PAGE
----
In Revelation 3:14-22, the writer of Revelation (called John, and often thought to be the Apostle John himself, or one of his disciples) is relaying the words of the glorified Christ, revealed to him in a vision while on the Isle of Patmos. Chapters 2 and 3 of Revelation consist of letters, each following a simi­lar form, addressed to seven churches across what is now southwest Turkey. Seven is a significant number, indicating completeness, so these are letters to the whole Church, pick­ing up faults and strengths that apply in one way or another to all churches at some point in every part of the world. Yet, at the same time, they address the contemporary situation of each of the seven.

There is much discussion about the nature of the meaning of some of the words in the book of Revelation.¢ Each letter is addressed to the angel of the church in that place. This is taken to mean either a guardian angel for that church, or the local bishop. Each letter begins with a reference back to John’s vision in Revelation 1, and to the speaker, the glorified Christ. The letter in Revelation 3:14-22 is to the church in Laodicea, and begins by saying that it comes from ‘the Amen, the faith­ful and true witness, the origin of God’s creation’ (3 : 14). John Everything is connected, although the forcefulness of the imagery and the vividness of the colour used often lead us to assume that it is some kind of random series of images and visions, rather than a carefully collated and thoughtfully presented whole. John reminds the Laodiceans that the words of the letter come from the ‘Amen’ (the final word), the faith­ful and true witness, the origin of God’s creation. This is to tell them that what they are about to hear is definitive, is true, and speaks to the reality of everything. It is not a letter for a passing moment, but something that addresses what it is to be human, and what it is to live in God’s creation.

Each letter then continues with the phrase, ‘I know your works’, which is a way of communicating that each of these churches is truly and utterly exposed before God. There is no hiding. God knows who they truly are — their strengths and weaknesses, their triumphs and their faults. The prob­lem for Laodicea is that they have deceived themselves about the nature of their wealth and piality of life. In other words, Mammon is on the throne and they think it is Christ.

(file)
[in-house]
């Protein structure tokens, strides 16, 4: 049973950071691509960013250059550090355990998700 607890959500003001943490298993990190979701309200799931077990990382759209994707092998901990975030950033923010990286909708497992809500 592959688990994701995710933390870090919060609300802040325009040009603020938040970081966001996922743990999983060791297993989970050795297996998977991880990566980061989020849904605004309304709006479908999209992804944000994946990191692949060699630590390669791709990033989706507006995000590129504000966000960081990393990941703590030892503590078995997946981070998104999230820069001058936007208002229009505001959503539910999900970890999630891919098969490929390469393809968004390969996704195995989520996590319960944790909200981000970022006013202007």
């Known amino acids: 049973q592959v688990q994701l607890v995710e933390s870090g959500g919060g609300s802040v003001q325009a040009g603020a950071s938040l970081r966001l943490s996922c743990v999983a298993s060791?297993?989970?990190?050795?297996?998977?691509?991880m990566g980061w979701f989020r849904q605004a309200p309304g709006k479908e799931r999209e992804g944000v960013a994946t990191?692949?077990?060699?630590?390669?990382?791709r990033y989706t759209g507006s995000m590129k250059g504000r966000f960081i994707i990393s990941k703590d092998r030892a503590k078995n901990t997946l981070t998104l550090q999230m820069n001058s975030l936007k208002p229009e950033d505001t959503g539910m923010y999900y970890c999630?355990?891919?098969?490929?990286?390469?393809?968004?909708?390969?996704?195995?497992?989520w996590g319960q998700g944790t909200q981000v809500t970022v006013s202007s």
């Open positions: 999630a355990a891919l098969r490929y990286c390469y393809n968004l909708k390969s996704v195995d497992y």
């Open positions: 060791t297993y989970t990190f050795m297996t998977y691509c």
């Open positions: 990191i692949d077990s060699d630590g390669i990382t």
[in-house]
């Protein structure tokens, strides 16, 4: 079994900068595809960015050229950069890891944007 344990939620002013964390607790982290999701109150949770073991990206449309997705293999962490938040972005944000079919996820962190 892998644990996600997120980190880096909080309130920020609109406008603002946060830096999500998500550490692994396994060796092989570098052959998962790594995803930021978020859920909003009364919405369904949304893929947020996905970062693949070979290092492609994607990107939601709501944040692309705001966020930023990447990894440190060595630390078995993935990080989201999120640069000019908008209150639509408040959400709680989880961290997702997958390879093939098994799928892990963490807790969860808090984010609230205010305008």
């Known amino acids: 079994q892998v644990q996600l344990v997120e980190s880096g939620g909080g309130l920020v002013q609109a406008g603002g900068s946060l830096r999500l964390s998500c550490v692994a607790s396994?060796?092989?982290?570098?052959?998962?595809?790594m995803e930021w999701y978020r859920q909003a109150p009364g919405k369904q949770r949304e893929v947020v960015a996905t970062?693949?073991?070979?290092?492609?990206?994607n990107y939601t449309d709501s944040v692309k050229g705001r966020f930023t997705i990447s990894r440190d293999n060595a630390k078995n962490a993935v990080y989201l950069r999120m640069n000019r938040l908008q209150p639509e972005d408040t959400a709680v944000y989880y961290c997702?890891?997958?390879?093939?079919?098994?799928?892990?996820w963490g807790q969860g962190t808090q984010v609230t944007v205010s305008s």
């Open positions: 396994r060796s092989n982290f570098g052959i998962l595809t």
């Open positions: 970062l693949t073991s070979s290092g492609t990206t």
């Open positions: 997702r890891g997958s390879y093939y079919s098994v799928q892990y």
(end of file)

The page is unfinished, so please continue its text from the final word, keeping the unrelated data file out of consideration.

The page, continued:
Are there parts of your life where you have mistaken Mammon for Jesus? What effect did it have?

Let me explain more fully. Laodicea was near Colossae, and also near Hierapolis. It was on a crossroads for two major trade routes, and in consequence was a great centre for exchange of goods, which were ‘transhipped’ rather than simply sold into Laodicea itself. Today’s equivalent would be a port like Rotterdam, where well over half the containers go in on one ship and out on another, or on another form of transport.

As a result, like many trading cities (London or Liverpool would be two other great examples), it developed a strong commercial life. There was a significant banking sector (Fin’s ancestors felt very at home in Laodicea), and it also had some of its own products, especially a very luxuriant black wool, and a very well-known form of eye-salve.When I was growing up, when we got sore eyes in the summer from sand blowing on the beach, we were always given Optrex. I am sure it was meant to be very effective, but it never seemed to do the childish me much good! By contrast, I imagine that those who put on some Laodicean eye-salve (Laodex?) felt much better. Theirs was then a prosperous city, with some useful products, much finance and certain needs.

One -unusual feature of Laodicean life was that it had no water supply of its own. Nearby, Hierapolis had hot springs, which were known for their healing quality. Colossae had cold springs, well known as refreshing. But the waters merged, and by the time they got to Laodicea, they had become salty and tepid.

This explains the frequently misunderstood verse from Revelation 3:16: ‘Because you are lukewarm, and neither cold nor hot, I am about to spit you out of my mouth.’ This verse is often explained as suggesting that Jesus would prefer people to have no spiritual life at all rather than a tepid one (although obviously he would prefer a hot spiritual life). Such an explanation is patently absurd. He wants the Church to be either healing or refreshing — and preferably both — but not a nauseous mixture that is neither one thing nor the other.